Financial Reform Impacts the Farm

Published on: 09:57AM Jul 15, 2010
By Matt Bogard
From the Wall Street Journal : Finance Overhaul Casts Long Shadow on the Plains
“Farmer Jim Kreutz uses derivatives to soften the blow should the price of feed corn drop before harvest. His brother-in-law, feedlot owner Jon Reeson, turns to them to hedge the price of his steer. The local farmers' co-op uses derivatives to finance fixed-price diesel for truckers who carry cattle to slaughter.…The question for these farmers is whether such rules will make hedging more expensive. Some say new requirements on big players will create higher costs for small players, including the cash dealers will have to put aside to enter into private derivatives transactions. Some brokers think restrictions on big-money banks and investors will drain the amount of money available to the everyday deals farmers favor…Mr. Gengenbach estimates that one quarter of his farm clients use derivatives”. LINK
One thing is, the financial reform bill does little to address the causes of the financial crisis (see the Posner and Becker blog for Five Major Defects of the Financial Reform Bill- LINK)  and as the above points out, could have a negative impact on farms.Some bloggers and others  have already attacked the Wall Street Journal article as being hack journalism, for example see:
WSJ Tries to Tie Farmers to Bank Reform, Fails  By Ryan Chittum
'The paper wants you to get the impression that yeoman farmers are getting crushed under the wheel of the new bill. Or that they are afraid they will..' (link)
USDA research indicates that across the board as many as 25% of farmers utilize futures markets or hedges to manage their risk. The report indicated that it’s not just the wealthiest farmers using these tools either. Data presented in that report indicated that  in 1996 almost 20% of farmers earning below $50,000 utilized futures hedges. That's not everyone, but we are still talking about thousands of farms.  Now not all of these are using products that may directly be affected by the legislation, but as the Journal points out,there are concerns that 'restrictions on big-money banks and investors' could reduce capital and increase the costs of the products that every day farmers use.(or at least the 25% that currently may be utilizing these risk management tools). Besides the Wall Street Journal, as reported on, agricultural economist Scot Irwin explains the number of ways that this legislation could impact farmers that don’t directly use the kind of products specifically addressed by this legislation. Again, as many politicians and journalists ( like those critical of the WSJ article)  fall prey to the fallacy of concentrating only on what is seen (vs. unseen) Irwin points out  the “law of unintended consequences may make it much more likely that a commercial enterprise will get caught up in these limits.” 

Some are critical that the Journal only pointed out 'potential worries' but never in fact talked to real farmers that had real concerns or (I guess they forgot about the farmer showcased in the article that hedges 70% of his crop). But the truth is, and the lesson we learned from the Great Depression is that it is worry and uncertainty that in fact prevent a market rebound and encourage prolonged stagnation as much as real direct impacts can.

"Businessmen came to ask themselves whether Roosevelt really understood a system where the hope of profit sparks expansion and investment. Or did he believe simply in centralizing decision and authority in boards and "planners" along the Patomac?"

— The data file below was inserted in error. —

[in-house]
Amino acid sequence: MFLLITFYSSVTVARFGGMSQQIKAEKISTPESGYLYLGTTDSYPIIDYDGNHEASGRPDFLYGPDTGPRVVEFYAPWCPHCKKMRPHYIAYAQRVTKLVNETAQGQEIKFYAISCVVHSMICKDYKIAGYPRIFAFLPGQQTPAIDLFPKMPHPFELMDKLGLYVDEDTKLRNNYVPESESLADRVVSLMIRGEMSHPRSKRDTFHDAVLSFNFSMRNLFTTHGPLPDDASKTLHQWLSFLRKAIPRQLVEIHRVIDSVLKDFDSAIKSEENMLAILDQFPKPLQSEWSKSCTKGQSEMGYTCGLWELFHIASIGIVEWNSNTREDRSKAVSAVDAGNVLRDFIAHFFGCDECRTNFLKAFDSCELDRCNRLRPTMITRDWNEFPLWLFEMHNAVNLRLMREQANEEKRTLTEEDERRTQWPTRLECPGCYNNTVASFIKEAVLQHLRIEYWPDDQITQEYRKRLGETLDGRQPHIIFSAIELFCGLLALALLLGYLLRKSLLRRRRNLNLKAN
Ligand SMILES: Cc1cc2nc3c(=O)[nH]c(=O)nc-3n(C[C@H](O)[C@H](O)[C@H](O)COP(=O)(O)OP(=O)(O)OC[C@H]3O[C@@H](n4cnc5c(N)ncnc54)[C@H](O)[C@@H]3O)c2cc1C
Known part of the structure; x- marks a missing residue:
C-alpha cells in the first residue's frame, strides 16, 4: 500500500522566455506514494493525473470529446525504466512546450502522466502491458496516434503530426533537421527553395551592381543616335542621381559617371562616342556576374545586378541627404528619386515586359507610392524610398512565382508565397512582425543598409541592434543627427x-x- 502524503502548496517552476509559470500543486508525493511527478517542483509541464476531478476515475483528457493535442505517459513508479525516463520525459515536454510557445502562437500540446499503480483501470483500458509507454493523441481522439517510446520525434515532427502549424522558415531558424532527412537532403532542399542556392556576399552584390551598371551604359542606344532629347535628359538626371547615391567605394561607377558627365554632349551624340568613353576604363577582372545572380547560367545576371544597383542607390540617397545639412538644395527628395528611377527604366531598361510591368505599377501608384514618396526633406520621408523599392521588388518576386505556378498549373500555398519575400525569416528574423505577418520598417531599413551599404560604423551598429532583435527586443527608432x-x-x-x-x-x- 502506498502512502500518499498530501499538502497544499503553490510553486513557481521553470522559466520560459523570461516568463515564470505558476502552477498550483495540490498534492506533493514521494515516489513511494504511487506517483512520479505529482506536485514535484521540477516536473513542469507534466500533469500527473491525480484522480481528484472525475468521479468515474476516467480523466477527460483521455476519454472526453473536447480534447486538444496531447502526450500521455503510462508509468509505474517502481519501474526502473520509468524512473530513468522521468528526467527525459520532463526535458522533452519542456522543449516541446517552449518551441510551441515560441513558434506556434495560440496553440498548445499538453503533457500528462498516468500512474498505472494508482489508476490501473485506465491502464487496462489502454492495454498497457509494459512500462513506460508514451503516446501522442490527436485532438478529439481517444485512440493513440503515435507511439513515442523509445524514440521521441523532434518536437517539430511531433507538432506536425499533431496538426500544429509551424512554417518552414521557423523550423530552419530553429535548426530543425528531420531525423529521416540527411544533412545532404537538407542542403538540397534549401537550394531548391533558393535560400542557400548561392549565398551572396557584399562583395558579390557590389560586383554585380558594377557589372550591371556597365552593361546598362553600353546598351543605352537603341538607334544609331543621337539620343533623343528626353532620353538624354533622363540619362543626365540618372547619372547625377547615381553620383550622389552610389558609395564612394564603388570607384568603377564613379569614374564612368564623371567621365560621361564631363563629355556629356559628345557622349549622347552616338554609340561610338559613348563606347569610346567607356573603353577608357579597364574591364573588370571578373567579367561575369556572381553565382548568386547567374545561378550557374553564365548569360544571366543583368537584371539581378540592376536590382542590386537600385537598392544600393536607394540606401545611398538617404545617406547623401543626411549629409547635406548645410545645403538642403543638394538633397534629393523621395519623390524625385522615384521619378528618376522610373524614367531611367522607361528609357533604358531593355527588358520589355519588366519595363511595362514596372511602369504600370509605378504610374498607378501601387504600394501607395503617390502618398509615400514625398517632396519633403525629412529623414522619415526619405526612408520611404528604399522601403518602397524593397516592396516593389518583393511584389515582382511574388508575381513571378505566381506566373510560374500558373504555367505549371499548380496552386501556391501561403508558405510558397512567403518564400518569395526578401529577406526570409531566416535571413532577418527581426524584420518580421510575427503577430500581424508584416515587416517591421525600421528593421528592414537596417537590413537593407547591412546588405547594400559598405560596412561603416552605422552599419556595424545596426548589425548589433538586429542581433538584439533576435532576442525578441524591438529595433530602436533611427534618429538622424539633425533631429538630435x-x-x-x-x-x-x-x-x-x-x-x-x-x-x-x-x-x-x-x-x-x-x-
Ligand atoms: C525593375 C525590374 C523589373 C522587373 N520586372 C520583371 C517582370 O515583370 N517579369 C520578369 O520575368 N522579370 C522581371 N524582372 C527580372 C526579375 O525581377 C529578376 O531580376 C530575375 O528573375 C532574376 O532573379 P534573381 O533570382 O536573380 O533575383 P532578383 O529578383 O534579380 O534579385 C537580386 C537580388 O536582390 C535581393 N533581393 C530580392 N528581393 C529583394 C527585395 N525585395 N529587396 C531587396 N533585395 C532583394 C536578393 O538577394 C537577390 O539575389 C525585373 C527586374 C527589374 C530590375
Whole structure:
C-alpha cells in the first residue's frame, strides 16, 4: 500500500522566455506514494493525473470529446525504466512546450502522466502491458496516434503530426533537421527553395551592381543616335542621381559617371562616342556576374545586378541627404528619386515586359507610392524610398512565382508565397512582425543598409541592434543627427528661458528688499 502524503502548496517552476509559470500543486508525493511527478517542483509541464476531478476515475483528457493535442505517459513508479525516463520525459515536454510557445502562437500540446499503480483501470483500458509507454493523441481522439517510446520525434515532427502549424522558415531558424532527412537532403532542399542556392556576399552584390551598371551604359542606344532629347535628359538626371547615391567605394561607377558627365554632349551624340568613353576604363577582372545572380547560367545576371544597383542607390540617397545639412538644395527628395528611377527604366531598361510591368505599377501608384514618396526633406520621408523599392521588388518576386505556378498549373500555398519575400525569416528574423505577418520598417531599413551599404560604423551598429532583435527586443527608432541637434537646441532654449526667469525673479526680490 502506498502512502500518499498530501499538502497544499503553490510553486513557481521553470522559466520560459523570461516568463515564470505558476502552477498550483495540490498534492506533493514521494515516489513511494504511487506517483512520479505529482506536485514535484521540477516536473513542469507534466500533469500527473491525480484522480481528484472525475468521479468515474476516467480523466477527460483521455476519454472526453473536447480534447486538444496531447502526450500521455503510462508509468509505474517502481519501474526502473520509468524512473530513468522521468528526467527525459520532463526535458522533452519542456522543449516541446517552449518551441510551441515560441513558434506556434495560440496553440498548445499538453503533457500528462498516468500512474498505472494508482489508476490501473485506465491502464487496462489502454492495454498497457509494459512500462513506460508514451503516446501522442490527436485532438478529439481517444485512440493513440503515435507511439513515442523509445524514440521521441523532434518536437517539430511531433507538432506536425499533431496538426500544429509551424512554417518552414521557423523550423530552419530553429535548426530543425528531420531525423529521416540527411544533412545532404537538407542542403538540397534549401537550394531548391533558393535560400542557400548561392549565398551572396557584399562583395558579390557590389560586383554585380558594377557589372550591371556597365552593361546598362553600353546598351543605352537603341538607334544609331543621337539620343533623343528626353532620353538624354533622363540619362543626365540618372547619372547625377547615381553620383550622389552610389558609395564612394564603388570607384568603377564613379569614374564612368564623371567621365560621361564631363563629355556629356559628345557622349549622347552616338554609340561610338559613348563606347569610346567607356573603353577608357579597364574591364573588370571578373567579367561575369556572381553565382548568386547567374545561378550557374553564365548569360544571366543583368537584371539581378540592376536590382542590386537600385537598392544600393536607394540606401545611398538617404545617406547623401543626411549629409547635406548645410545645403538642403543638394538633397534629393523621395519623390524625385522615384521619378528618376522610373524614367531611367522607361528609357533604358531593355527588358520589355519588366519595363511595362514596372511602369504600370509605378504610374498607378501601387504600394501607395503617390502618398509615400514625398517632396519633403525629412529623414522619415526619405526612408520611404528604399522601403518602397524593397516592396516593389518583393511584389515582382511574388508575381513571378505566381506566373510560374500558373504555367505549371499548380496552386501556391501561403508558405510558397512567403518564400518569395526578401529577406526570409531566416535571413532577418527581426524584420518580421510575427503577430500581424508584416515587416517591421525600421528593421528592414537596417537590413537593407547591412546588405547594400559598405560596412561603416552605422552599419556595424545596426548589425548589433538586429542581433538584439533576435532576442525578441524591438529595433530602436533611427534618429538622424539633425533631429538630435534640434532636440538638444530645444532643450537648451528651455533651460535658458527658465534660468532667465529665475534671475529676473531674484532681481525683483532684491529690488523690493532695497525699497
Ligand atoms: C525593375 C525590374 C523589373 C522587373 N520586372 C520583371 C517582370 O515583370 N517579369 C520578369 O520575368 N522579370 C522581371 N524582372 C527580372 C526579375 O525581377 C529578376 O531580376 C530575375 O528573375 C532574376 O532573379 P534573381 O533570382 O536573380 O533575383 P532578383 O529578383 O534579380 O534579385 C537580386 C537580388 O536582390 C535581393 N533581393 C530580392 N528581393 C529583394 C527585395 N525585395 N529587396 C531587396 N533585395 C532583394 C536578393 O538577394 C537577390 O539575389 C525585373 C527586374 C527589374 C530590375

-John Chamberlain

Chamberlain goes on to explain how many businesses during the great depression were developing the products that would fuel the economic growth we saw in the decades that followed. Only, during the depression, Roosevelt's reforms and policies created uncertainty that kept them from taking any action until after WWII.

"the magnitude of the response of U.S. business to the war is in itself refutation of the thesis that in the thirties businessmen simply sat on their simply would not have been able to produce the new type of goods when the war button was pressed"

The financial reform bill certainly has the potential to prolong the recession and have a negative impact on many sectors of the economy including agriculture. As quoted in the AgWeb story:
Scott Irwin, ag economist at the University of Illinois, says the impact on agriculture is a guessing game. Irwin, who has studied market players for many years, notes that the impacts on farmers and those with whom they do business will very much depend upon how the law is interpreted and enforced.”
 And that is an awful truth. When it comes to comprehensive reforms like these, (over 2,000 pages) it isn’t what the bill says, it’s not what your elected representative says it means, it’s what some lawyer, bureaucrat, or judge interprets it to mean after it has passed.  That isn’t the kind of government our founders intended, but it does create the uncertainty that is dragging out this recession. Great reporting by the WSJ and AgWeb.


The Enterprising Americans:
A Business History of
the United States
Finance Overhaul Casts Long Shadow on the Plains. Wall Street Journal. Michael M. Phillips. July 13,2010.
WSJ Tries to Tie Farmers to Bank Reform, Fails. Columbia Journalism Review. Ryan Chittum. July 14,2010.
Five Major Defects of the Financial Reform Bill. Posner and Becker Blog.
Derivatives Impact on Agriculture Still in Question. Linda H. Smith. July 15, 2010.
Managing Risk in Farming: Concepts, Research, and Analysis. Joy Harwood, Richard Heifner, Keith Coble, Janet Perry, and Agapi Somwaru. Agricultural Economics Report No. (AER774) 136 pp, March 1999 (link)